We’ll help you do something about that ringing in your ears.
Tinnitus is a persistent ringing in the ears that affects an estimated one out of every five people. It is often described as a ringing in the ear, though some people report a hissing, roaring, whooshing, buzzing or whistling noise instead. It can be intermittent or constant, and it ranges in severity.
Tinnitus can be a real nuisance, but it’s rarely the sign of a serious condition. It may be the result of aging, noise exposure, infections, allergies, earwax impaction or medications.
Depending on the cause, there may be a solution to help reduce the symptoms.
Causes and underlying conditions
Tinnitus is a symptom rather than a disease—it’s the result of an underlying condition. Among the possible culprits:
- Cardiovascular disease
- Certain disorders, like thyroid diseases and Meniere’s disease
- Earwax buildup
- Hearing loss
- Natural aging
- Noise exposure
- Ototoxic medications
- Trauma to the head or neck
Other factors can exacerbate tinnitus, including some medications, temporomandibular joint dysfunction, and high stress.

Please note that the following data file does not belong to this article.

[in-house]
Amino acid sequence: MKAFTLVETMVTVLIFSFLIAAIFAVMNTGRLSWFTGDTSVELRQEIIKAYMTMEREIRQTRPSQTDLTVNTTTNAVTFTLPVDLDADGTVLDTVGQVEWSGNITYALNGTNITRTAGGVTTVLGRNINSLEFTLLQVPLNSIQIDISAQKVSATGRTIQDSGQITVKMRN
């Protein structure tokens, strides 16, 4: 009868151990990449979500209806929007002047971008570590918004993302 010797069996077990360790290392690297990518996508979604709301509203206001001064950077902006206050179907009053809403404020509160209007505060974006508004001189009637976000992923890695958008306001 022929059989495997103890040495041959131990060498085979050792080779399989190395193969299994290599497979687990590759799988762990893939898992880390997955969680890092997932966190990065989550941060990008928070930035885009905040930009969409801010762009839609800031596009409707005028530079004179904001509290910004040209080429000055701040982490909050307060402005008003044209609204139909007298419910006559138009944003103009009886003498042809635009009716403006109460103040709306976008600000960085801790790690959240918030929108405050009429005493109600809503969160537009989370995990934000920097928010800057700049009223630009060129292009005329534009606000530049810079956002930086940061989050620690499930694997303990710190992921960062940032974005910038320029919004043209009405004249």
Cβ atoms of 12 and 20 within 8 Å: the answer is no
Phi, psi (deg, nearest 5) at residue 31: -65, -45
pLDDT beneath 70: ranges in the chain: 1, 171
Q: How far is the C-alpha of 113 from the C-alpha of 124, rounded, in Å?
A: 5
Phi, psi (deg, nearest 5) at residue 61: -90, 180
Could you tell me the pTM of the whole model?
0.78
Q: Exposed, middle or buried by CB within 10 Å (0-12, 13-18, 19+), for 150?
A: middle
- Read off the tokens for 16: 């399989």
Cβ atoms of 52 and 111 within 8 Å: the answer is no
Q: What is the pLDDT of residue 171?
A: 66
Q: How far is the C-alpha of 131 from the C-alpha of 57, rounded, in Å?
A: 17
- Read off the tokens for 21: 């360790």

Persons who suffer from pulsatile tinnitus can hear a rhythmic pulse that keeps time with their own heartbeat. This rare form of tinnitus is usually the result of vascular irregularities, like abnormal blood flow in the inner ear. Pulsatile tinnitus such as this should be evaluated by an otolaryngologist (ENT physician).
Treatment and management
There is no cure for tinnitus itself, but treatment of the underlying condition may help to bring relief. For instance, removing impacted earwax, switching to a different medication or treating a vascular condition can all bring about a decrease in your symptoms.
The first step to treating tinnitus is to have a comprehensive evaluation of your hearing and your tinnitus. We use an interdisciplinary approach to treat and manage tinnitus. An audiologist can help you to understand the underlying causes of tinnitus, as well as factors that exacerbate it.
Your audiologist will help you build a treatment plan, which may include evaluations and treatment from specialists in multiple disciplines across the UCHealth system.
We work closely with your primary care provider to ensure that you are receiving the proper care for your tinnitus. The audiologist may also incorporate sound therapies, a modified version of Tinnitus Retraining Therapy, hearing aids, tinnitus maskers and other audiology-specific treatment approaches.
Taking steps to prevent hearing loss and tinnitus is always a sound approach.
Use of hearing protection in noisy or loud environments is strongly recommended. When using headphones, remember the “80-90” rule—you can listen at 80 percent of the maximum volume of your music player for 90 minutes per day. Increasing the volume leads to less safe listening time, and decreasing the volume results in longer safe listening time.
Also, please avoid using cotton swabs in your ears as these can cause impacted earwax.